Book Review: City of Tranquil Light

Bo Caldwell's novel City of Tranquil LightOne of the reasons that we read fiction is to escape to another time or place.  Historical fiction has the ability (if well-written) to take us away to a world that we can only read about and dream about.  Bo Caldwell’s latest novel City of Tranquil Light caught my attention for this reason.  The story is set mostly in China, as the main characters are missionaries there during the early 1900s.

Will Keihn, the main character, is also the primary narrator of the story.  The story begins with him looking back upon his life in China.  He says, “Some say the cities in the North China Plain are by and large alike, one indistinguishable from another; to them this one might look like any other.  But it is not; I can testify to this, for it is the place on this earth that I love the most, the city in which my wife and I lived for nearly twenty-five years among beggars and bandits and farmers and scholars and peasants, people whom we loved dearly.  The name of the city is Kuang P’ing Ch’eng—City of Tranquil Light—and although I now reside in southern California and have for many years, that faraway place remains my home.”

Will then takes us back to his youth on a Mennonite farm in the rural United States and how he felt called to go to China as a missionary—young and shy and uncertain, yet sure of his faith and his call.  On the way, he meets his wife, Katherine, a nurse who is going to China to join her sister and brother-in-law in serving the Chinese.  Will falls in love first and slowly wins Katherine’s heart, and they are married in China and soon move away to set up their own mission.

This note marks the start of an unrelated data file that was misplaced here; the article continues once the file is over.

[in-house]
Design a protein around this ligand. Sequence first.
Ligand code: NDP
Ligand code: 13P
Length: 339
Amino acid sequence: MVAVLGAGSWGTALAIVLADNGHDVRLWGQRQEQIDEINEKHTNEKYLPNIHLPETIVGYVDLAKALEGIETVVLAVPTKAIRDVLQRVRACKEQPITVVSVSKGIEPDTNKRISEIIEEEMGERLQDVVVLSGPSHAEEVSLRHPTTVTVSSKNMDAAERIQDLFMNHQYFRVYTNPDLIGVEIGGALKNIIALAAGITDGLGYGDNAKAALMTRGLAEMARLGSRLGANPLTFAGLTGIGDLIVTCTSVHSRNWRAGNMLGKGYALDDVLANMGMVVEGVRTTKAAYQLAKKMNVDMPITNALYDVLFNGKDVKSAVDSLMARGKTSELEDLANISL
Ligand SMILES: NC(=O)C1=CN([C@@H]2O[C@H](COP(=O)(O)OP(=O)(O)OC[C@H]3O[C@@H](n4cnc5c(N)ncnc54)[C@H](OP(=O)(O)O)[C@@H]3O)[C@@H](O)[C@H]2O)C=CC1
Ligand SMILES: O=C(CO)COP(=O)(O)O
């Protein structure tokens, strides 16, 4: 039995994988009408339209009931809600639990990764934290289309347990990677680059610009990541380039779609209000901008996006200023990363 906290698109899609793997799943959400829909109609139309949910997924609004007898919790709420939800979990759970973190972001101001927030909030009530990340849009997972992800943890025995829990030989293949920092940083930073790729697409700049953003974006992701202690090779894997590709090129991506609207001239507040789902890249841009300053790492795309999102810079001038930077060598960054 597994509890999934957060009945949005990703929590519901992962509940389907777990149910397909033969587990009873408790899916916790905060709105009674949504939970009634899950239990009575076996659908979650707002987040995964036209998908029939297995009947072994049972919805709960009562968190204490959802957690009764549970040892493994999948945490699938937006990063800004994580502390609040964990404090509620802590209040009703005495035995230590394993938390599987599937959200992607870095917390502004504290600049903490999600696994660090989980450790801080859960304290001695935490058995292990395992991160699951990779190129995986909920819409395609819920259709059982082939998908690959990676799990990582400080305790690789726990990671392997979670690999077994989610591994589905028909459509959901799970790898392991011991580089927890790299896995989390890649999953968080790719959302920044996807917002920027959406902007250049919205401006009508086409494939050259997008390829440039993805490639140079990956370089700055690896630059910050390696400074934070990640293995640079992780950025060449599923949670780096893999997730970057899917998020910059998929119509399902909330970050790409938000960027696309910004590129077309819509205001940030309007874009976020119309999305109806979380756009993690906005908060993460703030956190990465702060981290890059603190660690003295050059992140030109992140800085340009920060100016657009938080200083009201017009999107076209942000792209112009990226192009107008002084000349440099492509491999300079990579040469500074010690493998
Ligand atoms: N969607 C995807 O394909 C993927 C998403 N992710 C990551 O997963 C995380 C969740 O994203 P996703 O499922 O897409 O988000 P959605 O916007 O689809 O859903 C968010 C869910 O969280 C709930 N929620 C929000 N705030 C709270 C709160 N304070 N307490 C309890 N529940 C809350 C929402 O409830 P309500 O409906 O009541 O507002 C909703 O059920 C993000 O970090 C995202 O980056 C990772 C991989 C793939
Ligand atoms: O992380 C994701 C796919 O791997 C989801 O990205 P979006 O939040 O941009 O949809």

For Bo, the story is a return to China.  Her first novel, The Distant Land of My Father, was also set in historic China and was based upon the story of her uncle.  This novel also grew out of family history—her grandparents were missionaries to China.  Bo had her grandfather’s memoir to read, as well as the biographies and autobiographies of other missionaries to China, including that of Gladys Aylward, whose biography was a favourite of mine when I was growing up.

Bo says, “When I began the novel in 2002, I tried to understand my grandfather’s faith and to present it accurately.  I tried to see the world through his eyes.  Then life intervened.”  Bo quit drinking and was diagnosed with breast cancer and went through chemo and radiation before returning to her writing “a different person.  The combination of sobriety and a serious illness had affected my faith deeply, and I was no longer writing about my grandparents’ faith.  I was writing about my own.”  That depth shines through the novel, in both Will and Katharine.  The novel is never preachy; it is a story of two simple, humble people who obeyed God and lived their faith to the max.

Will’s narrative of the events of his life is interspersed with segments from Katharine’s diary, balancing and adding to his account.  I loved the two perspectives, the way that Bo slipped into the voices of each character and made them come alive.  She also must have spent an incredible amount of time researching the novel, for that shines through in the details.  She doesn’t just tell us that Katherine treated a host of illnesses; she lists those illnesses, from worms to trachoma to wounds.  Those details make China of the 1900s come alive for the reader.

City of Tranquil Light is a beautiful, touching novel that makes me want to read Bo’s first book, to return to China and the stories woven by this skilled storyteller.

I received this book for review courtesy of the publisher. This post contains affiliate links; as an Amazon Associate, I earn from qualifying purchases.

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